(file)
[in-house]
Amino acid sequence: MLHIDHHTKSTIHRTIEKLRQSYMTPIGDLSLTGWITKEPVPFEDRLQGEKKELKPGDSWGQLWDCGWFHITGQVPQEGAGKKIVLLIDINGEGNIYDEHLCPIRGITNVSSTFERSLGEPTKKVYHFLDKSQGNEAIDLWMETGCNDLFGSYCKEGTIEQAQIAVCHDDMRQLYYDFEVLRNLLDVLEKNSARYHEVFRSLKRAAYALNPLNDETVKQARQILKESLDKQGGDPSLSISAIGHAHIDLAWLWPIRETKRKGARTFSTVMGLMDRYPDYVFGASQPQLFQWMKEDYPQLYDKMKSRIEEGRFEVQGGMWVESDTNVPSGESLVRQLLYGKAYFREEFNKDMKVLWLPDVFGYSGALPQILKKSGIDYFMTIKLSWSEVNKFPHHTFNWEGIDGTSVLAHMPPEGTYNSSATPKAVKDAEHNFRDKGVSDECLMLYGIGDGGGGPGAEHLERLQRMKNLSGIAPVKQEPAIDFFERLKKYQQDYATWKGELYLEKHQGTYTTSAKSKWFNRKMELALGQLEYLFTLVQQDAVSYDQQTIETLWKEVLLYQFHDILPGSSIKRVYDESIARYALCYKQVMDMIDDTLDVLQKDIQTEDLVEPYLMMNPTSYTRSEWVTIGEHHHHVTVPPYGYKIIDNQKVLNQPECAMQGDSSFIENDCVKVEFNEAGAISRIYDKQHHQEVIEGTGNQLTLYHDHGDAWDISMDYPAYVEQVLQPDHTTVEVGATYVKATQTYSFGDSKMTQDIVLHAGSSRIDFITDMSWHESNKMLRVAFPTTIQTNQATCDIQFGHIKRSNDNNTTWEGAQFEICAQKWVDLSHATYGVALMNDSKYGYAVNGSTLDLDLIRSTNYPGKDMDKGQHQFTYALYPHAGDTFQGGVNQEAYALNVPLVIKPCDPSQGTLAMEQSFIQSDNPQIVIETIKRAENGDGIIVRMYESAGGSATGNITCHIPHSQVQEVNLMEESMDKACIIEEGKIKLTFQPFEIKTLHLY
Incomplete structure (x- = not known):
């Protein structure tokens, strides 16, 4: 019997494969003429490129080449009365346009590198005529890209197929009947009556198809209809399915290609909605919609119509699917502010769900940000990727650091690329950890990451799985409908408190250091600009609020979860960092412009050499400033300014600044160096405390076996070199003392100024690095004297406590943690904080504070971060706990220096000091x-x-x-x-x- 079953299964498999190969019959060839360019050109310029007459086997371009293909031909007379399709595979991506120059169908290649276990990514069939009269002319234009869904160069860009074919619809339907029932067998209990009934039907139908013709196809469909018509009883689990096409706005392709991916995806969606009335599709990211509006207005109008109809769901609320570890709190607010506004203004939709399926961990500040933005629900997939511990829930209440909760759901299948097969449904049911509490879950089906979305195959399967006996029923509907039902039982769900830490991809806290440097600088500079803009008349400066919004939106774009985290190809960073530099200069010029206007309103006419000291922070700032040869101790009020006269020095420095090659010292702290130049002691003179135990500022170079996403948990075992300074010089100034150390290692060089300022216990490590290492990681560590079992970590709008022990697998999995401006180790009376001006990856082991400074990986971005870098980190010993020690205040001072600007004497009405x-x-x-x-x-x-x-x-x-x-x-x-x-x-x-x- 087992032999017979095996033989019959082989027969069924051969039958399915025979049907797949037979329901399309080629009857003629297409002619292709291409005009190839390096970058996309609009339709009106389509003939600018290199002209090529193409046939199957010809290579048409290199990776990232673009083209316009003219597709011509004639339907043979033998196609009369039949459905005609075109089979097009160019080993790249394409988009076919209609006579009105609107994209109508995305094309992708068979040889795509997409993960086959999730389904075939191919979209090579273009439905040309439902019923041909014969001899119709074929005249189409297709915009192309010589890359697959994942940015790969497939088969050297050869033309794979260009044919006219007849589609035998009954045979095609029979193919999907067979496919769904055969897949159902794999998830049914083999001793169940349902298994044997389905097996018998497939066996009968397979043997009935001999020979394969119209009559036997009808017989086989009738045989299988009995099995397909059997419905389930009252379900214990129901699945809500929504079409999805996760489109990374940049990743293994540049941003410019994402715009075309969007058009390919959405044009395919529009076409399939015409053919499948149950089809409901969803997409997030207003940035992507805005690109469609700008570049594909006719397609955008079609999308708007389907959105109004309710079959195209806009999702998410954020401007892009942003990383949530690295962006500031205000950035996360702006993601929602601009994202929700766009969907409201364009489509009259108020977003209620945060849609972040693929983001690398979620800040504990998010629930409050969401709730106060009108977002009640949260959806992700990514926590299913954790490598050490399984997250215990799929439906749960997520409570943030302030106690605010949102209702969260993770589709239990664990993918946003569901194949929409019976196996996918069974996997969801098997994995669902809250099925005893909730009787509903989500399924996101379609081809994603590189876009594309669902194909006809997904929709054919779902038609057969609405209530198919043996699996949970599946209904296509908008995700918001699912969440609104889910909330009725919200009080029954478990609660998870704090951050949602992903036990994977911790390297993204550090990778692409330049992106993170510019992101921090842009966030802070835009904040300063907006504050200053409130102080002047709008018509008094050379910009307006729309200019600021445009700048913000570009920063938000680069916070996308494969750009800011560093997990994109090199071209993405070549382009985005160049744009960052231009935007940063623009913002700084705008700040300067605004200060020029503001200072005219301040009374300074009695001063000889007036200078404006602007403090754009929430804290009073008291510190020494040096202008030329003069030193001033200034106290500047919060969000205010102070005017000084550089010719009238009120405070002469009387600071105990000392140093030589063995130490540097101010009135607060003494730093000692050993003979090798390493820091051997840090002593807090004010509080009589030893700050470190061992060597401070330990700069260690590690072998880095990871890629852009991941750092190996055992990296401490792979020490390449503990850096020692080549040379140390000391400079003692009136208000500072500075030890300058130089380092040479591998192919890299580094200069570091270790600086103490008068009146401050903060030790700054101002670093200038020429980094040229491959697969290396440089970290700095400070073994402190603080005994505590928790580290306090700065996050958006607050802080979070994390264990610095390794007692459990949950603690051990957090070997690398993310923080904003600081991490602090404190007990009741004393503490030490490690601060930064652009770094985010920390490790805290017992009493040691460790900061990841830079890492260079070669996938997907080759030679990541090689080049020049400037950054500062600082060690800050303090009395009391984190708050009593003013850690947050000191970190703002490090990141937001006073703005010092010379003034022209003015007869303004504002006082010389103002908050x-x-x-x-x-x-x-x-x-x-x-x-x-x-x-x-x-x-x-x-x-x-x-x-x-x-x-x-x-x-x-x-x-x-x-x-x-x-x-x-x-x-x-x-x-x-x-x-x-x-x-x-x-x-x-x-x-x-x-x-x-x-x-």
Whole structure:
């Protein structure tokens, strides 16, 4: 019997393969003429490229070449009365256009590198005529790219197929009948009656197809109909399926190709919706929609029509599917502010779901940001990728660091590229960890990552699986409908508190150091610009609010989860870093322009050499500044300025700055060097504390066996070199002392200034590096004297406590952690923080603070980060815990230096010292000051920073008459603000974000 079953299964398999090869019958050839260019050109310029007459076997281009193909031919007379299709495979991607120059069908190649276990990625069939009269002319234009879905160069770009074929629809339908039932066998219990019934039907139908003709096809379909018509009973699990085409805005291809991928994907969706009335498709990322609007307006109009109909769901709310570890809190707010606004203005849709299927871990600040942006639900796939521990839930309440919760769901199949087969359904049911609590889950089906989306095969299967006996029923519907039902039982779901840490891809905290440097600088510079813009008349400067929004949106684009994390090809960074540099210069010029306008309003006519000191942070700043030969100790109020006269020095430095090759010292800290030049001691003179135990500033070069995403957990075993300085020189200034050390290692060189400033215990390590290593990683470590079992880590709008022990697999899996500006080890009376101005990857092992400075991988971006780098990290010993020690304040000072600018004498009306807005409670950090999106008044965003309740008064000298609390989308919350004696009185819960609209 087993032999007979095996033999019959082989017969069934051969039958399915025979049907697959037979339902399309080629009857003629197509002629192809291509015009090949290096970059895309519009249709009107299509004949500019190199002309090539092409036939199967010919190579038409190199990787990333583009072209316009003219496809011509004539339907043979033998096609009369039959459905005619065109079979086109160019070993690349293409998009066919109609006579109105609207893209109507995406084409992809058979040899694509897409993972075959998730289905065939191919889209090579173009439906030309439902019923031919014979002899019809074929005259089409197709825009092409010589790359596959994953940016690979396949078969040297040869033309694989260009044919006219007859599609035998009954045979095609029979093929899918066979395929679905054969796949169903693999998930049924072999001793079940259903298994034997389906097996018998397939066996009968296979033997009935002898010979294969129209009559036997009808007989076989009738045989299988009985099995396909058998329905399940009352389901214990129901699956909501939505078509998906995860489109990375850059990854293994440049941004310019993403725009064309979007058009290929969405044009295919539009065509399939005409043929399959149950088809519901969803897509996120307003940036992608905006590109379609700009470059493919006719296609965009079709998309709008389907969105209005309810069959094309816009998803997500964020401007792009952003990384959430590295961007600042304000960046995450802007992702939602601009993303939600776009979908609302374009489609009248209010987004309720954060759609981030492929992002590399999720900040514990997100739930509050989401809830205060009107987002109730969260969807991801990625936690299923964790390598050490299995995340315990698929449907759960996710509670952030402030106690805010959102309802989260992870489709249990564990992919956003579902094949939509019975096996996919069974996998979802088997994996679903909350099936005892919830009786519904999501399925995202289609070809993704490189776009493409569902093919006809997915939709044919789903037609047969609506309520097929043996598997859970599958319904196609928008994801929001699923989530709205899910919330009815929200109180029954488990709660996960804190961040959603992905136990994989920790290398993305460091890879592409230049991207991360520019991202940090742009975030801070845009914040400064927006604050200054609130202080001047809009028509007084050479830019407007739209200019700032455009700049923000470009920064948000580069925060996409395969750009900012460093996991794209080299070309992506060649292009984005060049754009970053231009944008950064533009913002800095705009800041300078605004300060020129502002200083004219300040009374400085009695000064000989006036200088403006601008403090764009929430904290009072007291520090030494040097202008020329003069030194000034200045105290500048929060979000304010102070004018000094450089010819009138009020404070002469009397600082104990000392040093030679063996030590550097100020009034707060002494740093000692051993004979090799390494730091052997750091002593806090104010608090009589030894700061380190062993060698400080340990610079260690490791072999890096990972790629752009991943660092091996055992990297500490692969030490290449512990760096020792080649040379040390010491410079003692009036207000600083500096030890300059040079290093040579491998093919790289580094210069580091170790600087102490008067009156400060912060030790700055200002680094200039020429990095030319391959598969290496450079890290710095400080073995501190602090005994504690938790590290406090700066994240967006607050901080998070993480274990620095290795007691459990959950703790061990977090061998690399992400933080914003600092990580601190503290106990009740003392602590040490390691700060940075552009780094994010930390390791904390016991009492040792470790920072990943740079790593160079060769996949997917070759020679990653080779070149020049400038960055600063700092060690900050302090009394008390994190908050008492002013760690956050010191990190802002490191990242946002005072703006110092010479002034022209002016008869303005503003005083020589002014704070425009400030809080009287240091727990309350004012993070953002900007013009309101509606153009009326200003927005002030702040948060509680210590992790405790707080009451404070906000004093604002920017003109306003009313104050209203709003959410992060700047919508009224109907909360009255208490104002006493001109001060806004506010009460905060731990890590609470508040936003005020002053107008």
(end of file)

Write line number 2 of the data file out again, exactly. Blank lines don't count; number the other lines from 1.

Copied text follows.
Amino acid sequence: MLHIDHHTKSTIHRTIEKLRQSYMTPIGDLSLTGWITKEPVPFEDRLQGEKKELKPGDSWGQLWDCGWFHITGQVPQEGAGKKIVLLIDINGEGNIYDEHLCPIRGITNVSSTFERSLGEPTKKVYHFLDKSQGNEAIDLWMETGCNDLFGSYCKEGTIEQAQIAVCHDDMRQLYYDFEVLRNLLDVLEKNSARYHEVFRSLKRAAYALNPLNDETVKQARQILKESLDKQGGDPSLSISAIGHAHIDLAWLWPIRETKRKGARTFSTVMGLMDRYPDYVFGASQPQLFQWMKEDYPQLYDKMKSRIEEGRFEVQGGMWVESDTNVPSGESLVRQLLYGKAYFREEFNKDMKVLWLPDVFGYSGALPQILKKSGIDYFMTIKLSWSEVNKFPHHTFNWEGIDGTSVLAHMPPEGTYNSSATPKAVKDAEHNFRDKGVSDECLMLYGIGDGGGGPGAEHLERLQRMKNLSGIAPVKQEPAIDFFERLKKYQQDYATWKGELYLEKHQGTYTTSAKSKWFNRKMELALGQLEYLFTLVQQDAVSYDQQTIETLWKEVLLYQFHDILPGSSIKRVYDESIARYALCYKQVMDMIDDTLDVLQKDIQTEDLVEPYLMMNPTSYTRSEWVTIGEHHHHVTVPPYGYKIIDNQKVLNQPECAMQGDSSFIENDCVKVEFNEAGAISRIYDKQHHQEVIEGTGNQLTLYHDHGDAWDISMDYPAYVEQVLQPDHTTVEVGATYVKATQTYSFGDSKMTQDIVLHAGSSRIDFITDMSWHESNKMLRVAFPTTIQTNQATCDIQFGHIKRSNDNNTTWEGAQFEICAQKWVDLSHATYGVALMNDSKYGYAVNGSTLDLDLIRSTNYPGKDMDKGQHQFTYALYPHAGDTFQGGVNQEAYALNVPLVIKPCDPSQGTLAMEQSFIQSDNPQIVIETIKRAENGDGIIVRMYESAGGSATGNITCHIPHSQVQEVNLMEESMDKACIIEEGKIKLTFQPFEIKTLHLY